Did he bring the technical side to it with editing and everything?

Oh yeah. It is the least talked about and probably the most important part of sketch comedy — having someone who is willing to direct and edit. Pat is a really amazing director. He’s an incredible filmmaker. When you have a filmmaker in your sketch group — visual jokes add so much to sketch comedy. Look what Peter Atencio is doing with Key and Peele. It’s genius stuff. It really elevated it to the next level because it’s so cinematic, it’s not just jokes. It’s a visual art form and you should think about it that way. I couldn’t have more praise for Pat as a comedic director, writer, actor, everything and editor. He’s just amazing and he’s a great guy too. He definitely helped us tremendously. He’s probably the most important part of our group.

My friend thinks that your “Improv” sketch is the funniest thing ever.  

Thank you. We actually shot that at a real show.

Yeah, I recognized that — Westside Comedy Theater.  

We didn’t tell the audience we were shooting the sketch. We were just like, “OK we are just going to go on stage and do this. They’re not going to have any clue what’s going on. But it will probably look good as a sketch on the Internet later.” So it kind of ruined the rest of the show because they were like “Who are these guys?” They didn’t understand what it was but it was totally worth it because I think the sketch turned out well.

What was the story behind that? Are you guys not big fans of improv?  

I honestly, man how do I be diplomatic? I’ll say it this way — it’s more of just a funny joke we thought of… The best improv is probably the height of comedy. I think the best improv is truly as delirious as you can feel as an audience member. It’s unbelievable. When I was in Montreal I saw the Improv4Humans podcast and seeing Matt Besser and John Gemberling and Zach Woods — they are so unbelievably funny and so good at improv I don’t think standups get funnier than that but unfortunately most improv is not like that. But the best improv is the funniest people can be.

You’re a triple threat. You excel in standup, sketch, and twitter. That’s a rare breed.

Thank you very much I appreciate it. It’s interesting. I think being a comedian now is different than it was 20 years ago because there are more opportunities to put yourself out there. Obviously we’re talking mostly about the Internet. You can do just one thing, like you can just do standup, but it’s harder now. People expect you to make more things and it’s fun. I think it’s fun. It’s a challenge but I like it.

The thing that I like about YouTube and Twitter is that (there’s always negative things about all that stuff) it can make you work harder. It keeps me thinking all the time, “What can I make now?  What joke can I make now? What video can I make now? What can I do? What can I do? Why am I wasting time? Lets do this. Lets do this right now. Lets make something else.” You don’t just have to do standup, you can make a video.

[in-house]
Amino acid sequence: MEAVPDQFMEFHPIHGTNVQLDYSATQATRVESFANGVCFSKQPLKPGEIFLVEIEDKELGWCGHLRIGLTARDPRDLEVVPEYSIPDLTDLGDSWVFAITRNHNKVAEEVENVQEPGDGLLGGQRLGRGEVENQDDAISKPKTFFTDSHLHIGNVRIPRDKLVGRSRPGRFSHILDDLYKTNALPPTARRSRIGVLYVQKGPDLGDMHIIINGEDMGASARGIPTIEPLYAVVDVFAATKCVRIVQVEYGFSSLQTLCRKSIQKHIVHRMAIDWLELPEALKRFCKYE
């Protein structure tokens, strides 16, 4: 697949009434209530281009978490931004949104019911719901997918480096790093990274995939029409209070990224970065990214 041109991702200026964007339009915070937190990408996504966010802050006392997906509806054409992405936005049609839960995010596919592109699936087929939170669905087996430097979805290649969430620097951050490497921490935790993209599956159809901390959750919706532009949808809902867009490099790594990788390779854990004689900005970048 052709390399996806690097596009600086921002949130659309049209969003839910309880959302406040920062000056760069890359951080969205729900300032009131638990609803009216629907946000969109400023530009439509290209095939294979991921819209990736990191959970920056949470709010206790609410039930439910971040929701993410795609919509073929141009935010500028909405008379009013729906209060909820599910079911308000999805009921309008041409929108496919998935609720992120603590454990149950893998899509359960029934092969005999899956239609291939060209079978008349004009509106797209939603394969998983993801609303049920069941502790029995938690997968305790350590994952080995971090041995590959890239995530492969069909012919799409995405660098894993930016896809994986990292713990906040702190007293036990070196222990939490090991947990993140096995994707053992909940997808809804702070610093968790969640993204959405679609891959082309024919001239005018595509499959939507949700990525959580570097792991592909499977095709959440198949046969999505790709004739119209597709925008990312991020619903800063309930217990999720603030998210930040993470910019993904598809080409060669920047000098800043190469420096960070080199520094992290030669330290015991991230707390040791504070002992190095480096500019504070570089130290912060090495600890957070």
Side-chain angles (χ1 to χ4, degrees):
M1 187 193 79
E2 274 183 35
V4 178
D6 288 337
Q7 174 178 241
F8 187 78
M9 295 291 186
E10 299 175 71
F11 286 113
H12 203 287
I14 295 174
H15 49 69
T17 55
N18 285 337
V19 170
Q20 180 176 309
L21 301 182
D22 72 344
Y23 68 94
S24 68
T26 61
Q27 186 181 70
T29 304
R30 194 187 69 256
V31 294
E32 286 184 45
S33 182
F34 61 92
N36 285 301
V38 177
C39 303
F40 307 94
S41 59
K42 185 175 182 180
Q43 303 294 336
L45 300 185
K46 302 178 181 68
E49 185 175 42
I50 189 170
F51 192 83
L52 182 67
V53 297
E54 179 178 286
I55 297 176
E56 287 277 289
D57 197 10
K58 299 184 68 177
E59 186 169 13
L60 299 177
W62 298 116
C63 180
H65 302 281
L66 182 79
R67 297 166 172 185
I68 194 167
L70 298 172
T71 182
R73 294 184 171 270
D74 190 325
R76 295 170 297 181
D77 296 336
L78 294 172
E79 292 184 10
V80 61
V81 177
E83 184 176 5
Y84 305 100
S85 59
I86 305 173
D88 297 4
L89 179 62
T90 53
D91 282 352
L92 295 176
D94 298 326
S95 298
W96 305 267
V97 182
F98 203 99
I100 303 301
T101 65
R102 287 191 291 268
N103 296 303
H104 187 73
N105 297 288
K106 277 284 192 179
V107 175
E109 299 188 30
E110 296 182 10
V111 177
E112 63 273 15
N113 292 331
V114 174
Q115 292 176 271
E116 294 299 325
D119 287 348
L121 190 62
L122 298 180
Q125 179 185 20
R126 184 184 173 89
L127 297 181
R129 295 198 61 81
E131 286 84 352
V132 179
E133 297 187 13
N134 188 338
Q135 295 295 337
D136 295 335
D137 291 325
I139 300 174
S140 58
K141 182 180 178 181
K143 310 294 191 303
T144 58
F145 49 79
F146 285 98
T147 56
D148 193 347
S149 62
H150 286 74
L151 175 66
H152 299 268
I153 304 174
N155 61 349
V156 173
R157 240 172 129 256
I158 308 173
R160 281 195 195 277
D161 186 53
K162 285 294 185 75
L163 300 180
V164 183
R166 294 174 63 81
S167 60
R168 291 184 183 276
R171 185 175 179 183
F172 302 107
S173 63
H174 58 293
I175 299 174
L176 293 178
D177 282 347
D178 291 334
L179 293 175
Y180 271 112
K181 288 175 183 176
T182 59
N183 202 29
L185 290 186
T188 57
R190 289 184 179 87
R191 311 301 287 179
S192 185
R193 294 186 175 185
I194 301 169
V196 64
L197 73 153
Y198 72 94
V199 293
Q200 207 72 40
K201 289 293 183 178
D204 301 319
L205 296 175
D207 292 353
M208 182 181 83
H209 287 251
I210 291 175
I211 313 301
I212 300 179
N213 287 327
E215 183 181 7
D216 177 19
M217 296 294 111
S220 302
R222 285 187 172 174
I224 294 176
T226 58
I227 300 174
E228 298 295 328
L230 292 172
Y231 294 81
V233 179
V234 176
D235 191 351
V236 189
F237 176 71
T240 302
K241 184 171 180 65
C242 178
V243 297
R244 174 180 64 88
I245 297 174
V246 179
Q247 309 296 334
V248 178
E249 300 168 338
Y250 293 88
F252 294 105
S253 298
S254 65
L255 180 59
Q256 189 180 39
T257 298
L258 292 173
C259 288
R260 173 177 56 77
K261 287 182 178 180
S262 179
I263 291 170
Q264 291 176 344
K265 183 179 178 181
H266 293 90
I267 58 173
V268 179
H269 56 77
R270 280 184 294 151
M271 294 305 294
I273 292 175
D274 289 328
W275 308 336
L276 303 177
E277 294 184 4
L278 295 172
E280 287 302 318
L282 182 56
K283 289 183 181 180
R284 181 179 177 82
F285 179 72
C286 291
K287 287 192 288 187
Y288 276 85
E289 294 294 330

I love the opportunities for creativity now in the modern world of comedy. I think there are way less excuses to succeed now. If you’re not succeeding now than you’re either not working hard enough or you’re not funny. Of course people slip through the cracks but in general there are so many places you can be funny now and I think that’s good. You at least have the illusion of control over things. I think you do have control over things more than you think. If you don’t make it now, “Why not?” Everything is on the Internet you can get all the information you want — you can go up to open mics anywhere, you can listen to podcasts with the top comedians giving you so much advice, you can see how the most famous comics in the world are writing jokes every day on Twitter. You can see that and understand the form of it. It’s the best. I like trying to involve myself in all of it.

The Morning After podcast you did was great. I’m sad it’s no longer around but I’m sure you got a lot out of it and I know you guys explained you just needed to move on. Could you share a couple of the more interesting stories or just some of your takeaways from doing that podcast?  

That podcast I did with Eli Olsberg who is a comedian in LA. I also met him at open mics. We were both telling jokes about porn at open mics and they weren’t the normal jokes about porn, which is just super negative stuff about calling women whores and all this awful stuff, which is so hypocritical and terrible. So we started talking and he came up with the idea. He was like, “Why don’t we just start a podcast where we interview porn stars.”